By Justus Wanzala
The Belgian national aiming to be the chairperson of the Intergovernmental Panel on Climate Change (IPCC) holds vast professional experience and enviable institutional memory. This is because he is a scientist with vast knowledge of policy issues and has literally seen seasons come and go on the global climate change discourse and research. He now aims to cement his legacy by clinching IPCC’s apex position and drive its agenda.
As the race for the chairmanship of the Intergovernmental Panel on Climate Change (IPCC) heats up, candidates have lined up and are looking forward to taking up the leadership of this critical global institution. IPCC is an intergovernmental body of the United Nations. Its role is to advance scientific knowledge about
In the elections that is due next month in Nairobi, Kenya, two male candidates, Prof. Jean-Pascal van Ypersele from Belgium and Skea Jim from the United Kingdom. Others are female candidates Thelma Krug, a Brazilian national and Prof. Debra C. Roberts from South Africa are in the race.
For Prof. Jean-Pascal van Ypersele who was born in 1957 in Brussels and a holder of a PhD in physics from the Université Catholique de Louvain, the climate story is intrinsically tied to his life.
He has been part of the climate change story for close to 50 years now. As fate would have it, he arrived in Kenya in 1973 as a young intern at the United Nations Environment Programme (UNEP), where he had already realized that human activities have an impact on climate despite a large number of naysayers even by then.
During the same year, he was part of an expedition to watch the longest solar eclipse of the time at Loiyangalani, near Lake Turkana, northwest Kenya and immediately embraced the subject that had many naysayers, climate change.
Currently a full Professor of climatology and sustainable development sciences at UCLouvain University, and boasting 40 years in climate science and diplomacy, he has participated in all UN conferences on climate issues.
It is no surprise thus that in 2015, he mounted a strong opposition to Hoesung Lee from of South Korea who was then elected as the chairperson against him by 78 votes to 56 votes.
Already, his second attempt to become a candidature for the IPCC chairmanship has attracted home support after the Belgium Council of Ministers approved the Federal Government’s support for him in October last year.
An internationally recognized expert on climate science, Prof. Ypersele has a strong passion for sustainable development and the socio-economic aspects of climate change.
A strong negotiator, his scientific expertise, historical knowledge of the IPCC, and widely acclaimed performance as Vice-Chair are key motivating factors that have seen him enter the race.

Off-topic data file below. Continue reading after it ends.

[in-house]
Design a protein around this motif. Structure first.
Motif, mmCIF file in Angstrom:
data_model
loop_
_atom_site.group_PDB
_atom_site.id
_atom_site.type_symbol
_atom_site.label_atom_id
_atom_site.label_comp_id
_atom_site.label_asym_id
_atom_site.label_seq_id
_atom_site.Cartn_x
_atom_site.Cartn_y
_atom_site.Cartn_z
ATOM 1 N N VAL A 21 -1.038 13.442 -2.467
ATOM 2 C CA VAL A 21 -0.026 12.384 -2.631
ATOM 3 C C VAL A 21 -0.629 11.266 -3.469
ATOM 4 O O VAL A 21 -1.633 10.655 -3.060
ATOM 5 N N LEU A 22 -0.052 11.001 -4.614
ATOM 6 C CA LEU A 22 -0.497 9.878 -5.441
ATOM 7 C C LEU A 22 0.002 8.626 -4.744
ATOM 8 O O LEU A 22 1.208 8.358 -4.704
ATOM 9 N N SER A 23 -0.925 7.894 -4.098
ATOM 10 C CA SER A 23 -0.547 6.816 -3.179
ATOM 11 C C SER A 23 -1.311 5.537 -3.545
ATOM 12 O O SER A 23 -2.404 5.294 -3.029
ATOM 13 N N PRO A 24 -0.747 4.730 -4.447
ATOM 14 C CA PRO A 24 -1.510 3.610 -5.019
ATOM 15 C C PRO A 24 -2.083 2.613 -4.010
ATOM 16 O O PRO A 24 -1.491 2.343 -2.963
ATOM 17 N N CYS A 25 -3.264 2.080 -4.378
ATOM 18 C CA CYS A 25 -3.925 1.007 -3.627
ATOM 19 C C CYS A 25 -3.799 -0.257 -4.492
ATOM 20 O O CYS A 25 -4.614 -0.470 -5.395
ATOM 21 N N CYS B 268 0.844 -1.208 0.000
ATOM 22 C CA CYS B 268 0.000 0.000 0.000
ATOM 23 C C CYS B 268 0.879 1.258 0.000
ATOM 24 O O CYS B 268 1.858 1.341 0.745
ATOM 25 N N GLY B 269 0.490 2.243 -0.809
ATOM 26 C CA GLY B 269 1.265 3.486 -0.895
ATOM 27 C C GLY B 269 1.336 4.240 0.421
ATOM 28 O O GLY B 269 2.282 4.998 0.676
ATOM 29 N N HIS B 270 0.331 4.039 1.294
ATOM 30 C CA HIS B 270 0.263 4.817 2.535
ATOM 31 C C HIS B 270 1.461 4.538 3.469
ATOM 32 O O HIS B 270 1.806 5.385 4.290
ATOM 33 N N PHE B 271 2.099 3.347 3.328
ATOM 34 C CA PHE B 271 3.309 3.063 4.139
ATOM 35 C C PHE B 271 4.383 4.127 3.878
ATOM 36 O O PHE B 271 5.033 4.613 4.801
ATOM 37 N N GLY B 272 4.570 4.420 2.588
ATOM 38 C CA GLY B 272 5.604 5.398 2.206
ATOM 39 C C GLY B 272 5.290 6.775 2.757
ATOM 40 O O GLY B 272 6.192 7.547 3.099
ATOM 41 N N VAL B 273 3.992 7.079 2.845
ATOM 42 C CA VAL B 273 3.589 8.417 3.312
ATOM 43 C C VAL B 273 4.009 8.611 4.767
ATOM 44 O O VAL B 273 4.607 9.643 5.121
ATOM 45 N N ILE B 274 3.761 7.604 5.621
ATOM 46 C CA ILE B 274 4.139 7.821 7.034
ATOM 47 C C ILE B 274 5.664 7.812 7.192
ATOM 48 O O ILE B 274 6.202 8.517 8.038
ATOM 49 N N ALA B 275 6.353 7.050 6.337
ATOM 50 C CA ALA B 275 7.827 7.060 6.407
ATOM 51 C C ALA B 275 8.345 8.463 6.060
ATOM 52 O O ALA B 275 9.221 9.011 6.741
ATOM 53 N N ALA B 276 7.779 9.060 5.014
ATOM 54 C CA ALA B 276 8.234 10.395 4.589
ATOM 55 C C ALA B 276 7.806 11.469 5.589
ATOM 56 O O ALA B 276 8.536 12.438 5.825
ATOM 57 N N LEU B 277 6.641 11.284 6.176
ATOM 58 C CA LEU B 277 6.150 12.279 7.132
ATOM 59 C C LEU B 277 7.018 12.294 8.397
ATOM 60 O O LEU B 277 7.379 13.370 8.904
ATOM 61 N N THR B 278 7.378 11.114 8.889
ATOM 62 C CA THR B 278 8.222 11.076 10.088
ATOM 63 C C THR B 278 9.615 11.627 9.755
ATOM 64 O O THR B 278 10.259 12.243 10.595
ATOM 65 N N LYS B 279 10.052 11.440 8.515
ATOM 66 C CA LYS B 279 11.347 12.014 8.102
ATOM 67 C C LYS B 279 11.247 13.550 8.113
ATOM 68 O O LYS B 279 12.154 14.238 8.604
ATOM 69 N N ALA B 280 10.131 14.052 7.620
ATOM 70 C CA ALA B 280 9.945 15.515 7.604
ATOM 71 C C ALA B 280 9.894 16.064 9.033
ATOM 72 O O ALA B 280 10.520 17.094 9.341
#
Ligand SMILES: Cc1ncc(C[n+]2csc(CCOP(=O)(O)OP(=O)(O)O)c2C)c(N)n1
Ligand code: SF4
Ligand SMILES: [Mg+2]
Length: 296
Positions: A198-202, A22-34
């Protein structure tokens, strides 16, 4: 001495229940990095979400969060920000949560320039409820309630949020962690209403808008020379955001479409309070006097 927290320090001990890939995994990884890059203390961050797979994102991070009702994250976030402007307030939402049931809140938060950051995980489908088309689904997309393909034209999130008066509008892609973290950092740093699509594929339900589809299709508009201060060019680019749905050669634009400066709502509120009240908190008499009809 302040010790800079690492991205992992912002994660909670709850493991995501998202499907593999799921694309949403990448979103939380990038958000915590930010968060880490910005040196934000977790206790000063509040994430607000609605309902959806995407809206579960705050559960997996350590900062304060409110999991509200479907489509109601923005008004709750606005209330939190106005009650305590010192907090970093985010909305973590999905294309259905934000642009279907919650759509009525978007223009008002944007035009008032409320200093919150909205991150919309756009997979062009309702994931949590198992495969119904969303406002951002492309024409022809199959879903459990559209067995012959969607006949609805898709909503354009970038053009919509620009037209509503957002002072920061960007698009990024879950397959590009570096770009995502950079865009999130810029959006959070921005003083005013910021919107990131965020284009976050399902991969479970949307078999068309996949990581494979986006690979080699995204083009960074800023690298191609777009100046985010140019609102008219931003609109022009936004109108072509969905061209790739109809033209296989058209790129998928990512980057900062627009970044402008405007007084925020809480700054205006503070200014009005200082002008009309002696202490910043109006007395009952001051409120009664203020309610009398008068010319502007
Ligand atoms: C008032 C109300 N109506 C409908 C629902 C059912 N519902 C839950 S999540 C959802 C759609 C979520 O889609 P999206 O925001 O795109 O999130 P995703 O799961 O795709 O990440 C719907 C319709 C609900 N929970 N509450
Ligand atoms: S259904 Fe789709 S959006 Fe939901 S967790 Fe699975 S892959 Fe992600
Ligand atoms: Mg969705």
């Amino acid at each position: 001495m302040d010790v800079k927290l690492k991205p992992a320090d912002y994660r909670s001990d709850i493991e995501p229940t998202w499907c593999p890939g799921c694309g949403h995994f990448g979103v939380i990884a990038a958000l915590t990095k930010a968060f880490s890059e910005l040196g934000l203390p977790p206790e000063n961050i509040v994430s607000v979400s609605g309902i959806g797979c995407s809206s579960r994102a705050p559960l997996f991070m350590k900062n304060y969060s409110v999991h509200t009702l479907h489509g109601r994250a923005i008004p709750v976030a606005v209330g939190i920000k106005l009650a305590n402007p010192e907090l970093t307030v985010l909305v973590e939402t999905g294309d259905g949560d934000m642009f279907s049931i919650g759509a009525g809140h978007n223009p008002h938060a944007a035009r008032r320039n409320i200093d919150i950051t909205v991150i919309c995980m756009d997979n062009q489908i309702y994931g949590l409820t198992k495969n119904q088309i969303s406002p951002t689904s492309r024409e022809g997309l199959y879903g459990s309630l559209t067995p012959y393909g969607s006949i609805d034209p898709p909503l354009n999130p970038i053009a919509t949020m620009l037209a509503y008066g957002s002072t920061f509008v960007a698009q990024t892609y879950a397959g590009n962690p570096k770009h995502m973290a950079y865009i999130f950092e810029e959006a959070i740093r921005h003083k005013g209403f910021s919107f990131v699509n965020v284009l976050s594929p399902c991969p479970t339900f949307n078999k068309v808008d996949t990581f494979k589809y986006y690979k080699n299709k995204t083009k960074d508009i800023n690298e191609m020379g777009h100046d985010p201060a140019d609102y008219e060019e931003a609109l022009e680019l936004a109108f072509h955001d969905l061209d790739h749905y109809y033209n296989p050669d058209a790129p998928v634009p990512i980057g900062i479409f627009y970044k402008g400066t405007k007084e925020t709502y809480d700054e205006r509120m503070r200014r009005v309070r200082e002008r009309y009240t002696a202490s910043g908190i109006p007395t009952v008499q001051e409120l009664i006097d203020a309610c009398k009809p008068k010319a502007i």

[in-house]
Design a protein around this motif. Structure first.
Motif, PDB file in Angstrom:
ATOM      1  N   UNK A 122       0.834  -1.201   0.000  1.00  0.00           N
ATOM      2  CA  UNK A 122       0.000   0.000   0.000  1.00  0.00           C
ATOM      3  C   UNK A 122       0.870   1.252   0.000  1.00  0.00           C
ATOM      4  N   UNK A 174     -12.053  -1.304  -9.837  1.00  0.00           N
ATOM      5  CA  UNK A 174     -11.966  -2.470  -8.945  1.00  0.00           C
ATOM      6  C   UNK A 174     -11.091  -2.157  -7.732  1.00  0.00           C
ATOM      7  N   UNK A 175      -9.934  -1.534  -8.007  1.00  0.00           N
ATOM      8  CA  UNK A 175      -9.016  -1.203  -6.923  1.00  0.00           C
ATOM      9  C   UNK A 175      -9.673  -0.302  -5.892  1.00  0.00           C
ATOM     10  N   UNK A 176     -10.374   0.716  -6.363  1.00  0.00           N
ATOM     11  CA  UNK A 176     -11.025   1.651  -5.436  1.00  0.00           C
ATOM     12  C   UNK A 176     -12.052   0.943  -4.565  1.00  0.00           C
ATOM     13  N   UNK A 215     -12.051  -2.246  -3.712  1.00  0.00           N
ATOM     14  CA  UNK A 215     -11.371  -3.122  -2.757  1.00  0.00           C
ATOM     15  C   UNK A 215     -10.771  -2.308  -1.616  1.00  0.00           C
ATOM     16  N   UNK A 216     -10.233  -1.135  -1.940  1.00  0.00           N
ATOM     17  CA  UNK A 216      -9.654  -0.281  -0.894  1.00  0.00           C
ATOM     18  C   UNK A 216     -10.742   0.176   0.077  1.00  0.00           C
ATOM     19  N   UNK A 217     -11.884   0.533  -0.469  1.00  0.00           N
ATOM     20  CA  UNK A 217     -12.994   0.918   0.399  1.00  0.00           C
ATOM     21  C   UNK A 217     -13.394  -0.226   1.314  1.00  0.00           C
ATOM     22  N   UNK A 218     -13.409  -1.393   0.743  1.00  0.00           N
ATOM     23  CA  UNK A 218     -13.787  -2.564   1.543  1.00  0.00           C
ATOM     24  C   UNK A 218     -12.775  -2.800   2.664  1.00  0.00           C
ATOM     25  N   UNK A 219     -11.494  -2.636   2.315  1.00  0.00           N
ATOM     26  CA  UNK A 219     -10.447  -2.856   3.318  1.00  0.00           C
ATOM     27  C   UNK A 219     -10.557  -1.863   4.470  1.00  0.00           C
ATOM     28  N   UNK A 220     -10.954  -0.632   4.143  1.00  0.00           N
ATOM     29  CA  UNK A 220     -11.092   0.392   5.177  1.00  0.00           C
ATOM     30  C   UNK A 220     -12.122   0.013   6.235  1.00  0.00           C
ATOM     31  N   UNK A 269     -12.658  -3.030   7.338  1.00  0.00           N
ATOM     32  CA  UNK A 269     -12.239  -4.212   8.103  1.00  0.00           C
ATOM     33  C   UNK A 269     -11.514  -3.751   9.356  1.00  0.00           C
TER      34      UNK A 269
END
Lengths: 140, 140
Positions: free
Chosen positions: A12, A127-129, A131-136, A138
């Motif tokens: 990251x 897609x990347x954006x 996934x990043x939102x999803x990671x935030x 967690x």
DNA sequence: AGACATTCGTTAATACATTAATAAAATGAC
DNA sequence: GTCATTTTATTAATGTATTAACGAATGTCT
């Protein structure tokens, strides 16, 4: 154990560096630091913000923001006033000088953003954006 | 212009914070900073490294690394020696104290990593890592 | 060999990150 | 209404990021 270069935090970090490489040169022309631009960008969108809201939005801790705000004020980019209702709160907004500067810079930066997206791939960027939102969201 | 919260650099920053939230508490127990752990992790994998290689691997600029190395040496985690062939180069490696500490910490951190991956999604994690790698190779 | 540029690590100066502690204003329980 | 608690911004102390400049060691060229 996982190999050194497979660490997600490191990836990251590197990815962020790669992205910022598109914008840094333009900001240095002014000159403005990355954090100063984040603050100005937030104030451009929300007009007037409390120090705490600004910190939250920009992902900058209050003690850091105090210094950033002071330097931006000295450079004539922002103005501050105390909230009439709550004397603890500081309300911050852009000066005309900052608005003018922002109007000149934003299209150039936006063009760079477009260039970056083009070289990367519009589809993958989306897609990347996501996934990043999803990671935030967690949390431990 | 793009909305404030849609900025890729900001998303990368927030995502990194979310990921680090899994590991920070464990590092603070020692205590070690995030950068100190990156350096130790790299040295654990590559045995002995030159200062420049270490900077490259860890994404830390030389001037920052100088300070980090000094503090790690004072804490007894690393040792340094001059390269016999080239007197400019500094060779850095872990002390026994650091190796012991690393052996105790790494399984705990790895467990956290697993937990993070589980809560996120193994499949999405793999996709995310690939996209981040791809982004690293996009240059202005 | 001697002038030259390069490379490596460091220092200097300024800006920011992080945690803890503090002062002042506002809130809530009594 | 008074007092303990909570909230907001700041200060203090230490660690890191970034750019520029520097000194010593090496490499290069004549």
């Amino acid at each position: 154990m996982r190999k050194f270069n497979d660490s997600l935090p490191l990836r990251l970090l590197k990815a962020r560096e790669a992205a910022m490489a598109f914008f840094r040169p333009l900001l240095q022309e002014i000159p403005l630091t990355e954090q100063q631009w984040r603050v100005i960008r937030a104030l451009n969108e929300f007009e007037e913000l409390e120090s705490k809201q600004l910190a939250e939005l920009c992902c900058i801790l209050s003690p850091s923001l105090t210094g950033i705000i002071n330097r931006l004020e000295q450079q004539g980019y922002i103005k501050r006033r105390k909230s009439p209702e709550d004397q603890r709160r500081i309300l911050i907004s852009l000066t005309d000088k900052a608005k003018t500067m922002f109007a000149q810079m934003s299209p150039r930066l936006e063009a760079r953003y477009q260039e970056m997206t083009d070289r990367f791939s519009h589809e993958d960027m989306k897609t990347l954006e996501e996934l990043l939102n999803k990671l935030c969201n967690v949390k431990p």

Plans for Sub-Saharan Africa
Prof. Ypersele who steered clear of talking about his opponents by only saying that they are worthy competitors, clarified recently during a breakfast meeting with the Journalists in Nairobi, that whereas the IPCC is not in charge of policies around the world and is neither involved in organizing the Conferences of Parties (COP) which are organized by their Secretariat and the Presidency of that specific year, he is keen to work with African governments under the existing mandate.
“The IPCC’s role is to advise looking at the scientific, technical, and social aspects of climate change. It has looked at what is happening, what might happen, and solutions that could be offered by the UN member states,” he says.
He points out that in the latest IPCC report on impacts and adaptation to climate change, there is a specific chapter on Africa with a justification for the statement that is often mentioned in COPs that “Africa is one of the most vulnerable continents” as far as climate change is concerned.
“The continent is vulnerable to droughts, floods but we need to note that other times it is important in offering solutions because it has a lot of forests which store a lot of carbon for instance in the Congo basin surrounding areas. These are issues that I recognize and I will emphasize as chair,” he says.
Meanwhile, he states that issues related to agriculture and the provision of clean water that are important to the health of the population are close to his chest, and will attend to them.
Other than the elements of solutions that Africa has to offer both in terms of adaptation and mitigation, Prof. Ypersele says it is clear that if Africa fails to change its development pattern, it will equally be a heavy contributor to pollution in the future.
It is the reason he says why it is important to keep the earth’s warming below 1.5 degrees centigrade, which is the most ambitious target of the Paris Agreement that was signed by member states in 2015.
“It’s also the reason I wear a tie with the same message because keeping the warming below 1.5 degrees is crucial as per the latest IPCC report on the basis of scientific literature on the global temperature. If it goes beyond 1.5 degrees in warmth, and we are 1.1 already now adaptation will become more difficult, much more expensive, and in some parts of the world, simply irreversible,” he emphasizes.
Prof. Ypersele says it’s key to combine adaptation measures, policies, and mitigation to reduce the emission of Greenhouse Gases (GHG) so that the warming does not go beyond 1.5 degrees centigrade and that adaptation remains possible.
On whether developing countries should tap their fossil fuels to stir up economic development and even fund their transition to clean energy, Prof. Ypersele reiterates that the role of the IPCC is not to prescribe what countries need to do in the face of climate change.
“The IPCC mandate is to be policy relevant with its assessments and ensure interesting to policymakers without being prescriptive. Its role is not to dictate what a country should or not do,” he adds.